My website is sending out email that RackSpace email is marking as spam. I'm trying to figure out why the email is being marked as spam and what I can do about it.

The most interesting header that the spam filter adds is the X-CNFS-Analysis header that looks like it has lots of information about what the spam filter is seeing. However, I don't know how to interpret the information in that header.

Here are all the headers that the spam filter has added to one of my emails:

X-Virus-Scanned: OK
X-Spam-Threshold: 95
X-Spam-Score: 100
X-MS-Exchange-Organization-SCL: 9
Precedence: junk
X-Spam-Flag: YES
X-Virus-Scanned: OK
X-MessageSniffer-Scan-Result: 0
X-MessageSniffer-Rules: 0-0-0-6537-c
X-CMAE-Scan-Result: 100
X-CNFS-Analysis: v=2.1 cv=N/QQSQNB c=1 sm=0 tr=0 p=9ykYl8AZAAAA:8 a=Nk1C7OHzZdtRZR7HpOBzRA==:117 a=Nk1C7OHzZdtRZR7HpOBzRA==:17 a=6KVD7agYW9oA:10 a=DYL8iF3SNlAA:10 a=pdDdBm1-2EwA:10 a=m6qU47vR8oQA:10 a=8StPLQsqK-w3qlaorP8A:9 a=57urXIHmFmcA:10 a=abufaKy4Sp0A:10

More info about my specific situation: These emails are being sent to me at my Rackspace email address. The server is hosted on Amazon AWS. The emails are being sent using Amazon SES. I also send a newsletter this way. I'm not having problems with the newsletter, only the email alerts that my server sends to me to let me know of problems.

I feel that if I could decipher the headers, I could diagnose the problem.

  • also check spamcop(spamcop.net) website and make sure it is not listed their. To do that enter your hosting IP here(spamcop.net/bl.shtml)
    – Bala
    Commented May 10, 2014 at 12:54
  • 1
    I have had good luck checking mxtoolbox.com/blacklists.aspx for customers in the past. Odds are, you are on a black list somewhere. Some subscriber IP addresses and other similar IP addresses, for some sites, can be blocked. It does not make sense of course since dang near %100 of many small businesses and SOHOs use subscriber lines. Is RackSpace being as misguided as AT&T? Who knows.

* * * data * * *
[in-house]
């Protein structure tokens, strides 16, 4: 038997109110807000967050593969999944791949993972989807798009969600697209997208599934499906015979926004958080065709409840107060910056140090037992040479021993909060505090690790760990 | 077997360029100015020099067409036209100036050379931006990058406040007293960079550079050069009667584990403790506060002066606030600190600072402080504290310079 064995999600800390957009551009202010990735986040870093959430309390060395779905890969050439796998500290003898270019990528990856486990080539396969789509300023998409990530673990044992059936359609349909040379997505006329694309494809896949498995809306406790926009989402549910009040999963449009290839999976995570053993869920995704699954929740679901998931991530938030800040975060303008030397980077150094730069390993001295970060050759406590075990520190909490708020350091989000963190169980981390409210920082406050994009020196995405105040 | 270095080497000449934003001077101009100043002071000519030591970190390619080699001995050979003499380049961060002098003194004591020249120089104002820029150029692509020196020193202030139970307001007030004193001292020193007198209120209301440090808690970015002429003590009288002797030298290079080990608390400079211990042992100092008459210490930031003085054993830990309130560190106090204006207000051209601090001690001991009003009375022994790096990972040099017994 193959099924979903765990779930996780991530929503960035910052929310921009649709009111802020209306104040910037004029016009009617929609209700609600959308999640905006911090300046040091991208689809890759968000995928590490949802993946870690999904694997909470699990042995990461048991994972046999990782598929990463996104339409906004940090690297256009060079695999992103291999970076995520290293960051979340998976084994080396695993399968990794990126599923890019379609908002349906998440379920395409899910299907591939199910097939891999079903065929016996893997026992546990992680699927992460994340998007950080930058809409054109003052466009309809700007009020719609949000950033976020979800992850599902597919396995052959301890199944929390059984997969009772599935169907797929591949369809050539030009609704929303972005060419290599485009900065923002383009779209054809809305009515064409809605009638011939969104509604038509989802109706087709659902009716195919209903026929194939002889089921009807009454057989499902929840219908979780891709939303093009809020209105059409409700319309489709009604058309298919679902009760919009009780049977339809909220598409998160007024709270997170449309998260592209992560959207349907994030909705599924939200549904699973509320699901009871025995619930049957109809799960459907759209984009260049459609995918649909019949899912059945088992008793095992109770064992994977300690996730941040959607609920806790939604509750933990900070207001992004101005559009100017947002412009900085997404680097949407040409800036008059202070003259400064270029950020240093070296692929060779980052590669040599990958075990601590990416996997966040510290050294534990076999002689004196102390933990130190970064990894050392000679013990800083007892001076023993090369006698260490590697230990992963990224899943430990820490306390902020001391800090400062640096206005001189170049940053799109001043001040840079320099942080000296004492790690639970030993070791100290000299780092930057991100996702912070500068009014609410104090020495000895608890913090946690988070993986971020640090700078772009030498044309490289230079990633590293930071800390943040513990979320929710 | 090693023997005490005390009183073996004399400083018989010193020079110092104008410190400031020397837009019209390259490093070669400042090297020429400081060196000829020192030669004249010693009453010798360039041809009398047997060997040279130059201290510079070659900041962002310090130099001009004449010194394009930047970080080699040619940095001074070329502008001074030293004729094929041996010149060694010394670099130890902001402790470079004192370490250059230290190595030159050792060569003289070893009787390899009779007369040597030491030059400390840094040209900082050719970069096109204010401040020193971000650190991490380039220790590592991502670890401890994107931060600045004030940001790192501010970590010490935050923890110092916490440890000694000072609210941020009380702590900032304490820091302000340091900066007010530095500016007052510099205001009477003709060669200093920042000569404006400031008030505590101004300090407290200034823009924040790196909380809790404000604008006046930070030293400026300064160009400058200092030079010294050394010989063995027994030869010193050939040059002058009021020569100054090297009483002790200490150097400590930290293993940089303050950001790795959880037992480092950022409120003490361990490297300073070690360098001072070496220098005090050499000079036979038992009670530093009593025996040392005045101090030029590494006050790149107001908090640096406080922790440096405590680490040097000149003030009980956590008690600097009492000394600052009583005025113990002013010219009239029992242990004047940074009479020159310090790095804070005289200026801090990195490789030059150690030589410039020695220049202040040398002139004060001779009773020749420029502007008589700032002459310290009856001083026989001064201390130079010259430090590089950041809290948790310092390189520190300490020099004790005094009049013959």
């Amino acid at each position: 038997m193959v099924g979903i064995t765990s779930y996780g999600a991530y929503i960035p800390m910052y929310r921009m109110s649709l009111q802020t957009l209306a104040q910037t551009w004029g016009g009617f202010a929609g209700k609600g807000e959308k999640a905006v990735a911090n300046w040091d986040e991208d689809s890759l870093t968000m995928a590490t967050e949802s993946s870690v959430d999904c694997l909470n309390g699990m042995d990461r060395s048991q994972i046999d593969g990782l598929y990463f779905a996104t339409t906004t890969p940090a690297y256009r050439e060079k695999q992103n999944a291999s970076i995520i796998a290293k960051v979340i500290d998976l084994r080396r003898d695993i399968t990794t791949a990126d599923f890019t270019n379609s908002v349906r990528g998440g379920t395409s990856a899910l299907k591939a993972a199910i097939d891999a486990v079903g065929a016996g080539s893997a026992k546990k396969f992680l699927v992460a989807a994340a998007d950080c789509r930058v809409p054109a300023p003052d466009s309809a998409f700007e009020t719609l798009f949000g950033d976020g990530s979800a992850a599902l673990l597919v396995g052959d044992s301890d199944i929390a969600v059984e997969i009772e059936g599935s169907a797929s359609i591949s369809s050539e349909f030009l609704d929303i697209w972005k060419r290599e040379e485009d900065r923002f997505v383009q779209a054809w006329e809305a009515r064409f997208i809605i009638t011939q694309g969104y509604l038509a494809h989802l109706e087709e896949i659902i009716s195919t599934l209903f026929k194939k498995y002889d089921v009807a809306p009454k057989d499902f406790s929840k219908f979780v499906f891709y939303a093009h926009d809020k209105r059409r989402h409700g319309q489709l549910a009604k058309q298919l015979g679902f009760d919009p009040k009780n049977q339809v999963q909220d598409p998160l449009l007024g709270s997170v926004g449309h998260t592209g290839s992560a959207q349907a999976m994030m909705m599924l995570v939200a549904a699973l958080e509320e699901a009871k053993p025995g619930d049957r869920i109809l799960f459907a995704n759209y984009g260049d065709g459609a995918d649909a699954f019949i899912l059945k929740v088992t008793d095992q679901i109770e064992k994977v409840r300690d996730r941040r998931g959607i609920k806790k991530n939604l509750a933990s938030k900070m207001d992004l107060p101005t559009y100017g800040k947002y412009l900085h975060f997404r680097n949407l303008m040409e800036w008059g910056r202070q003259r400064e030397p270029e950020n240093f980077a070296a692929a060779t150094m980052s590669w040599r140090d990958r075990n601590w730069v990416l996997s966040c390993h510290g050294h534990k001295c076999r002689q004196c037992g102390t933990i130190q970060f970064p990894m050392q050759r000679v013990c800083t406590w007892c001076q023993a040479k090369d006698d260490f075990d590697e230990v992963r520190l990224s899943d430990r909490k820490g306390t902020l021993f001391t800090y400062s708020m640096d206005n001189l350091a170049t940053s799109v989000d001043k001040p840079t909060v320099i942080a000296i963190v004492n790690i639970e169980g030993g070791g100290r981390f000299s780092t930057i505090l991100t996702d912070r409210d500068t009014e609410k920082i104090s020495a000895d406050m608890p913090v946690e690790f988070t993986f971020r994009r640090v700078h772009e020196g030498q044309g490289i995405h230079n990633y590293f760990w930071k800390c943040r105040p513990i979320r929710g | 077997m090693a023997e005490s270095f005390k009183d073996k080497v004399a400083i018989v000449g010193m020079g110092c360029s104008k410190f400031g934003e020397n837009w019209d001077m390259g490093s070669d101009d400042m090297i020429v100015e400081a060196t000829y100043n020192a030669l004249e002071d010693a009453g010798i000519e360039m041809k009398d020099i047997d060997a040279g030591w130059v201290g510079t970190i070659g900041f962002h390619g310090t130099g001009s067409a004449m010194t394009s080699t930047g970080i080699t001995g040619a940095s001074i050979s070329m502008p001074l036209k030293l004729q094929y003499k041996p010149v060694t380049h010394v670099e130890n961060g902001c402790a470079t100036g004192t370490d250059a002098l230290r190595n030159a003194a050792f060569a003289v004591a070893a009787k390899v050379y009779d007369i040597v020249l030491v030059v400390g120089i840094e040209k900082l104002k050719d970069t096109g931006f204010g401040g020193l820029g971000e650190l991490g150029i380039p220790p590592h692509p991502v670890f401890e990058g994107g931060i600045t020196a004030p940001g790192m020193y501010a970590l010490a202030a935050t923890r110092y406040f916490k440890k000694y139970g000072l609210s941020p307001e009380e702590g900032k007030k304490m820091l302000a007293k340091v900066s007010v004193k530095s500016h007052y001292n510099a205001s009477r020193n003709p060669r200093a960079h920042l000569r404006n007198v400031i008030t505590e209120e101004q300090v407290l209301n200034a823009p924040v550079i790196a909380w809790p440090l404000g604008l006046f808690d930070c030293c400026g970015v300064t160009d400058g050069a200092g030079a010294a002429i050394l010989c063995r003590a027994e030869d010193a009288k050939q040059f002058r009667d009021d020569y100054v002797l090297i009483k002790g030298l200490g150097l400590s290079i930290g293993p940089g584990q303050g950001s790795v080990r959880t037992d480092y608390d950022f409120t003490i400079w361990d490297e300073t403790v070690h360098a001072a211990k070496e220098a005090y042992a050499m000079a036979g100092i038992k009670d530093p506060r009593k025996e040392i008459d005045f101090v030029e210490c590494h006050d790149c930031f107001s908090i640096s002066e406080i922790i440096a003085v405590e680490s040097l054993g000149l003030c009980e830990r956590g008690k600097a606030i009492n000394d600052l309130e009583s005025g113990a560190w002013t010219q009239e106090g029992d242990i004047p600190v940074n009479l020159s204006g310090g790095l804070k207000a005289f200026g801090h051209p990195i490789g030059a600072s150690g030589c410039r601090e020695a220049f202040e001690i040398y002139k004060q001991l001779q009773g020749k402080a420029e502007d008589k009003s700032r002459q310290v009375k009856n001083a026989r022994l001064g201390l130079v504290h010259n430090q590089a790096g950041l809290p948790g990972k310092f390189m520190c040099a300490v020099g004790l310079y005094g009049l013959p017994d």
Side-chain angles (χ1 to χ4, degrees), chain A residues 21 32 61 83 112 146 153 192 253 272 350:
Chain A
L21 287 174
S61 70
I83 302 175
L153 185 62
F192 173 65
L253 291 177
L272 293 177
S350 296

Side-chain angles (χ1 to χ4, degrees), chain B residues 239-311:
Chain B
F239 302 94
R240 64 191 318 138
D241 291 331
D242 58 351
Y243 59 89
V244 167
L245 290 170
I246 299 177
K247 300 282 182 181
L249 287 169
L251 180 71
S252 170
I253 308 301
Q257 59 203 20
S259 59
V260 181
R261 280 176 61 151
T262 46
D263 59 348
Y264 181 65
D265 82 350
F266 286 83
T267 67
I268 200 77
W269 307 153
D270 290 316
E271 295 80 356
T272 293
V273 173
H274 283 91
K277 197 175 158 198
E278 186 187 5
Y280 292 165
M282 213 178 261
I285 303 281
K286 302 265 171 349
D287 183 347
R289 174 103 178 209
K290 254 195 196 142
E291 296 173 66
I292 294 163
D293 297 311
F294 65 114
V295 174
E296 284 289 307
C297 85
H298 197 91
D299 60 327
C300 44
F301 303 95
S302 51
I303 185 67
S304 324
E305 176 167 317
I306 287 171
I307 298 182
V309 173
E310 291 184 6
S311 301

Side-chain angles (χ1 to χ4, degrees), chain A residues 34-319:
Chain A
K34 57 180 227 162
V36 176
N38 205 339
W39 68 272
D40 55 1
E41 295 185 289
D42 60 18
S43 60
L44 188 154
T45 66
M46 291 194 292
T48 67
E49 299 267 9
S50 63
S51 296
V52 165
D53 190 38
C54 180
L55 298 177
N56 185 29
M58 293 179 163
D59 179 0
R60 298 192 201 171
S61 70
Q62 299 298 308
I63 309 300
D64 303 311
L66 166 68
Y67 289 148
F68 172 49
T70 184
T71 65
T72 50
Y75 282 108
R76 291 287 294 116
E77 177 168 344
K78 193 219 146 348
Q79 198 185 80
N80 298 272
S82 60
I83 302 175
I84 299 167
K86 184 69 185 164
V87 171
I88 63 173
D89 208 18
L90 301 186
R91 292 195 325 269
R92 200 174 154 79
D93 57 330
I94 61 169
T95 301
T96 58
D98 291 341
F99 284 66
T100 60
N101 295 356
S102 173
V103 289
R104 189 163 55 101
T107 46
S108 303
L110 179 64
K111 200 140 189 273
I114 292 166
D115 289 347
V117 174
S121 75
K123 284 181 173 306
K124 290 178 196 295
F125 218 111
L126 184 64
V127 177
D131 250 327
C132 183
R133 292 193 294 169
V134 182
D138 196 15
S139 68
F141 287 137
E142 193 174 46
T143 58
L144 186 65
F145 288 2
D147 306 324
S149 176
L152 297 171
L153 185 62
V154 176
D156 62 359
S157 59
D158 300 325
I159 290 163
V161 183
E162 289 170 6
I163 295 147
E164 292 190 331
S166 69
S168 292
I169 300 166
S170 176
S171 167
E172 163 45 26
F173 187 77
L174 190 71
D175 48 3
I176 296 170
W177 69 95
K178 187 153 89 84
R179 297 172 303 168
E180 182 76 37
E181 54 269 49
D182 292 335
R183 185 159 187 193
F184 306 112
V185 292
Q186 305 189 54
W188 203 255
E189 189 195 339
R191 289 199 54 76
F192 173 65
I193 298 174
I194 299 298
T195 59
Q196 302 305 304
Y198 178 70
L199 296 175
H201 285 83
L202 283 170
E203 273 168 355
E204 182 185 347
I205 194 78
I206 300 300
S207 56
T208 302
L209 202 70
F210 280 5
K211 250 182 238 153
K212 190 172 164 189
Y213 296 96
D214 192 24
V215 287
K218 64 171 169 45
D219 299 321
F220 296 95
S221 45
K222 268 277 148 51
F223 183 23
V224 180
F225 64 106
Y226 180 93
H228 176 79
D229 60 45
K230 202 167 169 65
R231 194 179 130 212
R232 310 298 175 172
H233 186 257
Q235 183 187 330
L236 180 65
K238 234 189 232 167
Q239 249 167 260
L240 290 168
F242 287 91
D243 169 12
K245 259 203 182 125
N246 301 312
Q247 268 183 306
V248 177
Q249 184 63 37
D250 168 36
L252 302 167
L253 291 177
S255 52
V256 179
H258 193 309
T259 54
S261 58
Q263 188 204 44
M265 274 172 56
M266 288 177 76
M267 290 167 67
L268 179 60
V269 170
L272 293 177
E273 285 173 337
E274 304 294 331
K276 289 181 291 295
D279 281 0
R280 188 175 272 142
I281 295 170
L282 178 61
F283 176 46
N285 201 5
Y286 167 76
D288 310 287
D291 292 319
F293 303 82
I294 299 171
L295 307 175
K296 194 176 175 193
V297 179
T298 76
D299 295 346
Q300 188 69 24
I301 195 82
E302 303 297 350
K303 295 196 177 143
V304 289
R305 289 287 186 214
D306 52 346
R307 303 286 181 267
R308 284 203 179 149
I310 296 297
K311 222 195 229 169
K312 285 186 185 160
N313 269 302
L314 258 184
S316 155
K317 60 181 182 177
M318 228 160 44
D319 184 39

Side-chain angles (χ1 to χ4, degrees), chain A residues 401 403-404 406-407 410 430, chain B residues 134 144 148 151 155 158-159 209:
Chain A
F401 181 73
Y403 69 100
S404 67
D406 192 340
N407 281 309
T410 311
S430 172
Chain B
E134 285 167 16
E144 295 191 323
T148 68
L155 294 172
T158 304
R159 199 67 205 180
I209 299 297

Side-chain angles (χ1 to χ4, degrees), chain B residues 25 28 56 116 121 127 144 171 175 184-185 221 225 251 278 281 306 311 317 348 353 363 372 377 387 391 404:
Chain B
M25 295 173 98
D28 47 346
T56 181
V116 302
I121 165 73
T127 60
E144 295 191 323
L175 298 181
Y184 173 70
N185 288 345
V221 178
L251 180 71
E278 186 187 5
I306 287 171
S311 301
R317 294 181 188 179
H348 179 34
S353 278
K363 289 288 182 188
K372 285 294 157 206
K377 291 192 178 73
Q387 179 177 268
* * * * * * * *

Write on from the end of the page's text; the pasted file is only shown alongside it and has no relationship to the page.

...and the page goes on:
– closetnoc
    Commented May 10, 2014 at 14:08
  • Hi Steve, Am I correct in saying your using a VPS or Server to send emails that is hosted at Rackspace? additionally is there any pratically email providers spam blocking it, i.e gmx, hotmail, gmail etc. Also are you aware of any apps blocking such as outlook, antivirus and so on... Email spam is a very complicated issue and there's so many tiers that spam can be marked as. I'm not too familar with Analyzing the headers but I do know services and products that can assist with a ideal workaround. Commented May 10, 2014 at 14:21
  • @bybe, no my server is at Amazon. I added more info to the question. Commented May 10, 2014 at 15:43
  • @Stephen Ostermiller Sorry. But Amazon is not the best of neighborhoods. Check the header for sender domain name/ip address information and make sure it is not black listed. I would not be surprised if you find Amazon domains and ips black listed.
    – closetnoc
    Commented May 10, 2014 at 19:04

2 Answers 2


The header X-CNFS-Analysis is added to emails processed by Cloudmark Authority, an email filtering engine, and appliances which use this engine such as Cloudmark Security Platform. In newer versions, it has been renamed to X-Authority-Analysis.

In the case of Rackspace, they use Cloudmark Server Edition, a plugin for Microsoft Exchange, to provide filtering for their hosted email product. A Cloudmark case study also shows Rackspace using Cloudmark Authority for SpamAssassin.

The Cloudmark web site has a support form for reporting false positives and instructions for using the form. You need to provide a complete copy of the message including full headers, and support might only be provided to the Cloudmark Authority user (here, Rackspace).

Cloudmark does not, as far as I can tell, provide any way for end users to decode the information in this header. Some of it appears to be Base 64 encoded, but all I got when decoding it was binary data. I didn't attempt to reverse engineer it any further.


I had the same exact issue (in fact, sending with AWS SES and receiving with Rackspace). Just as you did, I had some emails that weren't flagged as SPAM, and some that were, so the way I debugged it was simply by swapping out content until I narrowed down what the problem was. In my case, it was such a stupid thing causing my problems: I had a shortened URL in the email body. (in fact, it was actually even commented out). Once I removed the http://goo.gl/ address, all the SPAM flags were cleared. So weird.

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